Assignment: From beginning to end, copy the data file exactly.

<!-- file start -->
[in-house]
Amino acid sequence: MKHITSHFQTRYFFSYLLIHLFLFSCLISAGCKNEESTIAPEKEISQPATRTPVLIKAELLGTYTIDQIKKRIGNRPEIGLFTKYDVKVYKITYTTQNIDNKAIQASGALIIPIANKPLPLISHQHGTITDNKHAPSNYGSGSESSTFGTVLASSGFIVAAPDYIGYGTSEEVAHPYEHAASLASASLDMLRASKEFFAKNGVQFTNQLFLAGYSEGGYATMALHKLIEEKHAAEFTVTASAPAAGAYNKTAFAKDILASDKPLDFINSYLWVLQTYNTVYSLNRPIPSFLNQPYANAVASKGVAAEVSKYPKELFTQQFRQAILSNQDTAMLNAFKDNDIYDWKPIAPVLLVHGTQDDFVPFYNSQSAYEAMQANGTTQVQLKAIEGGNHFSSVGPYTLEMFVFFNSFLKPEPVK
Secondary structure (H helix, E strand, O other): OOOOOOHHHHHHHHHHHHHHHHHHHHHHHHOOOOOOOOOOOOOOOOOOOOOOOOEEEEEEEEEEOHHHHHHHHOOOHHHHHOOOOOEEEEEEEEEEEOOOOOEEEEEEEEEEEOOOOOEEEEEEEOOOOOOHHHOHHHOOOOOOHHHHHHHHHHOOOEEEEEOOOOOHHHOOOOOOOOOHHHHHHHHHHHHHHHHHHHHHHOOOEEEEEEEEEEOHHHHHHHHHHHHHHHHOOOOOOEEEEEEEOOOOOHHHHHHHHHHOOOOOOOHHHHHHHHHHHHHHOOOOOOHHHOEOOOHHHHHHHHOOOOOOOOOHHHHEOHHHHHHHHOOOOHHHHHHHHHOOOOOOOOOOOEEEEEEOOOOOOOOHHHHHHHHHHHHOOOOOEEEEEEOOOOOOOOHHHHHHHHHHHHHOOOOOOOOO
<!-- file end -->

[in-house]
Amino acid sequence: MKHITSHFQTRYFFSYLLIHLFLFSCLISAGCKNEESTIAPEKEISQPATRTPVLIKAELLGTYTIDQIKKRIGNRPEIGLFTKYDVKVYKITYTTQNIDNKAIQASGALIIPIANKPLPLISHQHGTITDNKHAPSNYGSGSESSTFGTVLASSGFIVAAPDYIGYGTSEEVAHPYEHAASLASASLDMLRASKEFFAKNGVQFTNQLFLAGYSEGGYATMALHKLIEEKHAAEFTVTASAPAAGAYNKTAFAKDILASDKPLDFINSYLWVLQTYNTVYSLNRPIPSFLNQPYANAVASKGVAAEVSKYPKELFTQQFRQAILSNQDTAMLNAFKDNDIYDWKPIAPVLLVHGTQDDFVPFYNSQSAYEAMQANGTTQVQLKAIEGGNHFSSVGPYTLEMFVFFNSFLKPEPVK
Secondary structure (H helix, E strand, O other): OOOOOOHHHHHHHHHHHHHHHHHHHHHHHHOOOOOOOOOOOOOOOOOOOOOOOOEEEEEEEEEEOHHHHHHHHOOOHHHHHOOOOOEEEEEEEEEEEOOOOOEEEEEEEEEEEOOOOOEEEEEEEOOOOOOHHHOHHHOOOOOOHHHHHHHHHHOOOEEEEEOOOOOHHHOOOOOOOOOHHHHHHHHHHHHHHHHHHHHHHOOOEEEEEEEEEEOHHHHHHHHHHHHHHHHOOOOOOEEEEEEEOOOOOHHHHHHHHHHOOOOOOOHHHHHHHHHHHHHHOOOOOOHHHOEOOOHHHHHHHHOOOOOOOOOHHHHEOHHHHHHHHOOOOHHHHHHHHHOOOOOOOOOOOEEEEEEOOOOOOOOHHHHHHHHHHHHOOOOOEEEEEEOOOOOOOOHHHHHHHHHHHHHOOOOOOOOO